National Register Doctoral Degree Guidelines
The applicant must demonstrate successful completion of a doctoral degree in psychology as defined below.
- A doctoral degree in psychology from a program that was APA/CPA accredited or ASPPB/National Register designated at the time of graduation.
Note: Transcripts will be reviewed to ensure that the applicant has completed the required coursework in scientific/research foundations and scientific/professional applications (see Guideline 10). If transfer coursework is accepted as partial fulfillment of academic requirements by an accredited doctoral program, such transfer coursework is subject to further review by the National Register’s Credential Review Committee. Transfer courses fulfilling curriculum requirements in the applicant’s doctoral program must be completed at a regionally accredited institution of higher education. Transfer coursework completed at a regionally accredited institution that delivers education and training substantially or completely by distance education generally does not meet National Register standards.
OR, if the applicant earned a doctoral degree in psychology from a program that meets one of the two exceptions listed below, the National Register will individually review the program to determine if it meets criteria contained in Guidelines 2–11.
EXCEPTIONS to APA/CPA Accreditation and ASPPB/National Register Designation:
● Doctoral programs in psychology completed prior to 1988 in Canada.
● Doctoral programs in psychology completed outside of the U.S. and Canada.
- Training in professional psychology is doctoral training offered in a regionally accredited institution of higher education. A regionally accredited institution is an institution with regional accreditation in the United States, an institution with provincial or territorial authorization in Canada, or in other countries, an institution that is accredited by a body that is deemed by the National Register to be performing a function equivalent to U.S. regional accrediting bodies.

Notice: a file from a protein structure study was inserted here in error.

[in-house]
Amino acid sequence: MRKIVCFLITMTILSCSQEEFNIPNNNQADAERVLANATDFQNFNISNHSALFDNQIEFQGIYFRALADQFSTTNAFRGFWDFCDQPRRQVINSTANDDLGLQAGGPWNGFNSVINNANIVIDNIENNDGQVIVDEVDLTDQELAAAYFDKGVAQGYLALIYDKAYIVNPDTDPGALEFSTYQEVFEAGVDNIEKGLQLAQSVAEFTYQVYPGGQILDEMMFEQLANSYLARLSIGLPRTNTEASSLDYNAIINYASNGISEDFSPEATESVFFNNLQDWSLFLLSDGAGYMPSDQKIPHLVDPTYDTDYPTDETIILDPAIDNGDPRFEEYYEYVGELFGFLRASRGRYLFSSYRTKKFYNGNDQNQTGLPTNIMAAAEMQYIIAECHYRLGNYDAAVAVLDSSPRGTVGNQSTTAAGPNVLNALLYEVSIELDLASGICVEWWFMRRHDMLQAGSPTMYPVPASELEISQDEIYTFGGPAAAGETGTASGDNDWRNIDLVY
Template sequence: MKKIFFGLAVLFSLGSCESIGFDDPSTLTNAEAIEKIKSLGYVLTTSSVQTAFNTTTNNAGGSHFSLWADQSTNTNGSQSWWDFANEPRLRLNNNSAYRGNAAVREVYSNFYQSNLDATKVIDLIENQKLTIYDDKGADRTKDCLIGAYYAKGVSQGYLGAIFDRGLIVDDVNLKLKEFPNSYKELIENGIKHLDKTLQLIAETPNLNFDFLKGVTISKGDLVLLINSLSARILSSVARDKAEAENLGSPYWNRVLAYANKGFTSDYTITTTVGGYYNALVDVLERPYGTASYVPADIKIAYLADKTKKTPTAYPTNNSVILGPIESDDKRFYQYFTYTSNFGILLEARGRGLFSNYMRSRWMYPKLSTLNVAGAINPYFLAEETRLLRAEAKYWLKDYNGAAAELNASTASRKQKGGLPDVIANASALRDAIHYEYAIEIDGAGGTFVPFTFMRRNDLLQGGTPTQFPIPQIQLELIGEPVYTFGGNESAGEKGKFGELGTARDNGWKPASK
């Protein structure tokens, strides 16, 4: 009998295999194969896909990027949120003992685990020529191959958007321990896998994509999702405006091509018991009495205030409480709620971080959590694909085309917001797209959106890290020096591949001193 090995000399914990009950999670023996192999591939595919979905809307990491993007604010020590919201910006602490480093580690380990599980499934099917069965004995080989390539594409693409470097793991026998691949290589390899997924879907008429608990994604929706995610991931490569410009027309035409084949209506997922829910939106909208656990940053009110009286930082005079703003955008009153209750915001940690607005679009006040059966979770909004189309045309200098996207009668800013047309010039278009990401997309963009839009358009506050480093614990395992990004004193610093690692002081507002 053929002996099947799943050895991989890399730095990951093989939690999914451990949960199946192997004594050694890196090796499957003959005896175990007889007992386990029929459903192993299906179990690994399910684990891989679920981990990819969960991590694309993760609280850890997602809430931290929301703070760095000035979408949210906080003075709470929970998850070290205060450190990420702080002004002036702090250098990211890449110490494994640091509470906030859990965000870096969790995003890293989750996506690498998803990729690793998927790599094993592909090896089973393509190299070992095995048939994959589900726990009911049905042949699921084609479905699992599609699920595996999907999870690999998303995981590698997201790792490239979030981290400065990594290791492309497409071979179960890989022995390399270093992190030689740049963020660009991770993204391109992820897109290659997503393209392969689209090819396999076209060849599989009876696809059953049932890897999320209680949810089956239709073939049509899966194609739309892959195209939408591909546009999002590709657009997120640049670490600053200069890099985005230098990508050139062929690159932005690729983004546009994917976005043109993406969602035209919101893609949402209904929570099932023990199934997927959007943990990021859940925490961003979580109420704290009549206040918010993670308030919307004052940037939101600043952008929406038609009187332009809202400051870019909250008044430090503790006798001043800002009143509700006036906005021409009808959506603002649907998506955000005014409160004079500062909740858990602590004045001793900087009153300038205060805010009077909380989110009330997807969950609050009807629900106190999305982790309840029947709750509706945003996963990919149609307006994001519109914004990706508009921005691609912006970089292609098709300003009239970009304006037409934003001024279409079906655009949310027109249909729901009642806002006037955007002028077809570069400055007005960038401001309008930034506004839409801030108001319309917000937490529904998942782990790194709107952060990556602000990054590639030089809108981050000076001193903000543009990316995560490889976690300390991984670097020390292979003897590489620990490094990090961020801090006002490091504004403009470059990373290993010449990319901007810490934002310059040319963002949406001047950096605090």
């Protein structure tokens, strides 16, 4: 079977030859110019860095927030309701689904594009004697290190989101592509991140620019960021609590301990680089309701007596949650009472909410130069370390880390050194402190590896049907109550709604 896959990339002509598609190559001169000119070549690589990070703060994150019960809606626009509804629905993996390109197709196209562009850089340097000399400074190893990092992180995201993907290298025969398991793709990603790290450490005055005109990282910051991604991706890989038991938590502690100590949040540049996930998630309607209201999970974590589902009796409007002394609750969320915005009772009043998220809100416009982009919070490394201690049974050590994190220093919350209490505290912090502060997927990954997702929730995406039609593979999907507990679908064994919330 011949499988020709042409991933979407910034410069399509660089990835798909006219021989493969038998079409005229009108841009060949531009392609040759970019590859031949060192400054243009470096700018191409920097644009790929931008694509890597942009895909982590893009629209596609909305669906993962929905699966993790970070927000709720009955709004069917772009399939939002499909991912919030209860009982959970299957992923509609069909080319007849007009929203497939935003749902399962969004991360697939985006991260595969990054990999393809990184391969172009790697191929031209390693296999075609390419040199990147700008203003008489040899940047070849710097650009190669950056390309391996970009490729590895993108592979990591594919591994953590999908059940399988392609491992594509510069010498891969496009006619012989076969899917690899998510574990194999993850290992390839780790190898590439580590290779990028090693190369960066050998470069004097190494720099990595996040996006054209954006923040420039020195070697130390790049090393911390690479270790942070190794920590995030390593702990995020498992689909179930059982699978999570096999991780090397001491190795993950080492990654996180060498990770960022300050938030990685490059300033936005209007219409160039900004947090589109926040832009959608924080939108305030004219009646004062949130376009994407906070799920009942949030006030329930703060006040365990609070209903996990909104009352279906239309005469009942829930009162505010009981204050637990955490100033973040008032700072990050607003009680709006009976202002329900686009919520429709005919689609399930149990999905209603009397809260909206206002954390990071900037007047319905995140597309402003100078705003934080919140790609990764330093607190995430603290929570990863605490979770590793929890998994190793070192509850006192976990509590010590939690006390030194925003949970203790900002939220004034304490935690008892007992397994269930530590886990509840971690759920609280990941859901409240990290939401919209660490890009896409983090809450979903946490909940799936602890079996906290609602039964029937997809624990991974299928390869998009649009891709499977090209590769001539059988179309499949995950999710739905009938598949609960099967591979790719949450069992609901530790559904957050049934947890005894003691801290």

- The program, wherever it may be administratively housed, must be clearly identified and labeled as a psychology program. Such a program must specify in pertinent institutional catalogues and brochures its intent to educate and train professional psychologists.
- The psychology program must stand as a recognizable, coherent organizational entity within the institution.
- There must be a clear authority and primary responsibility for the core and specialty areas whether or not the program cuts across administrative lines.
- The program must be an integrated, organized sequence of study.
- There must be an identifiable psychology faculty sufficient in size and breadth to carry out its responsibilities and a psychologist responsible for the program.
- The program must have an identifiable body of students who are matriculated in that program for a degree.
- The program must include supervised practicum, internship, field or laboratory training appropriate to the practice of psychology.
- The curriculum shall encompass a minimum of three academic years of full-time graduate study and a minimum of one year’s residency at the educational institution granting the doctoral degree. Coursework completed at a regionally accredited institution that delivers education and training substantially or completely by distance education generally does not meet National Register standards. The core program shall require every student to demonstrate competence in each of the following substantive areas. This typically will be met through substantial instruction in each of these foundational areas, as demonstrated by a minimum of three graduate semester hours, five or more graduate quarter hours (when an academic term is other than a semester, credit hours will be evaluated on the basis of fifteen hours of classroom instruction per semester hour), or the equivalent:
- Scientific or professional ethics and standards
- Research design and methodology
- Psychological testing: psychometric theory, methods, construction, and practice
- Biological bases of behavior
- Bases: physiological psychology, comparative neuroanatomy, sensation and perception, neurophysiology, and psychopharmacology
- Applied: substance abuse theory and treatment, health psychology, and behavioral medicine
- Cognitive-affective bases of behavior: learning theory, cognitive processes, motivation, and emotion
- Social bases of behavior: social psychology, group process theory, organizational and systems theory
- Developmental psychology: developmental psychopathology and lifespan development
- Individual differences: psychopathology, personality theory, and abnormal psychology
- History and systems
- All professional education programs in psychology shall include course requirements in discipline specific knowledge and profession wide competencies.